After patting ourselves dry, I dressed quickly in my jeans and shirt I’d bought that morning in the souk (my luggage still at large), and then watched Mounia dress more slowly, for all the layers. First her underwear and bra. Then white cotton leggings and a black and white striped long-sleeved t-shirt. Then her shalwar kameez, tunic top and matching pants. Then her hooded, ankle-length jalaba. Last, her head scarf; she went to the one mirror in the place and wrapped it carefully around her head. I’d seen this woman naked, her long black hair wet and unraveled as she expertly flicked the scoop of water to rinse out her shampoo, and now she was covered again, hair and body restored to their usual invisibility, ready to leave this women’s sanctuary and head back into the outer world.

The rest of the afternoon, my skin felt firm and supple, and softer than it ever had before. Internally, I felt great affection for Mounia, a perhaps inordinate closeness considering the short time we’d spent together. She seemed to feel the same. After gathering with many other female friends and relatives at one of their apartments for sweet mint tea, where her mother was making bergamot orange water from scratch, it was time to say goodbye. “Please return. You are always welcome here,” she said after we’d exchanged e-mails, both of us getting teary-eyed (as I am now again, writing this, so touched by her warmhearted generosity, opening her hidden world to us, sharing with us in this way). “Please know that you always have a sister here.”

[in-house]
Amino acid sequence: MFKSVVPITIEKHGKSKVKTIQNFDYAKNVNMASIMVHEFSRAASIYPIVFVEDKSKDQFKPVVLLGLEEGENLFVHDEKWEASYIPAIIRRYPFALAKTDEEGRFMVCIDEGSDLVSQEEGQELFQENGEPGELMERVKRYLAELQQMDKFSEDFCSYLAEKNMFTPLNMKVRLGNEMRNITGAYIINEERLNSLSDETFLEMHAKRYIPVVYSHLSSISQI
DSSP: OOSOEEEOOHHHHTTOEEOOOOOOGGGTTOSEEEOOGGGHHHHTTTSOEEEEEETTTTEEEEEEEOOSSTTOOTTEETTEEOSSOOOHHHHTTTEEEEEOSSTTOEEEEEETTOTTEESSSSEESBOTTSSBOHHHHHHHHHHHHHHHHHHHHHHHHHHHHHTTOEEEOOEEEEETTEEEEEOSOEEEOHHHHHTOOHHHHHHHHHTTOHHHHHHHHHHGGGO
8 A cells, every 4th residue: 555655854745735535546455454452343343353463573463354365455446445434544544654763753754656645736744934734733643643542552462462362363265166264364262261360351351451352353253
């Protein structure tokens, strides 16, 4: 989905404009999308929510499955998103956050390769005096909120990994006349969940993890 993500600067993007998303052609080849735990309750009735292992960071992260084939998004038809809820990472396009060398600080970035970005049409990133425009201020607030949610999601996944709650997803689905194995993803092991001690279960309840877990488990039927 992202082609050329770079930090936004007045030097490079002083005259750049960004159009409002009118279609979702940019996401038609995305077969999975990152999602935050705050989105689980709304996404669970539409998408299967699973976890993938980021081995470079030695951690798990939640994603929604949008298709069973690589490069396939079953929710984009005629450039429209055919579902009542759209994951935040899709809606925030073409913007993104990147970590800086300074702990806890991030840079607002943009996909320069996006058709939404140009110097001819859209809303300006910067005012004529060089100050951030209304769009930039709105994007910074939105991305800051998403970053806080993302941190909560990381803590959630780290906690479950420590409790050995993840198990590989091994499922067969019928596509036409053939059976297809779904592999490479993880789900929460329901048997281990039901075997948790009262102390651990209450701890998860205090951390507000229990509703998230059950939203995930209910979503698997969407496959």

This morning, my bath alone in my private bathroom in the riad, despite the Argan oil I added to the water, was very uninteresting and a bit lonely by comparison.


April 24, 2010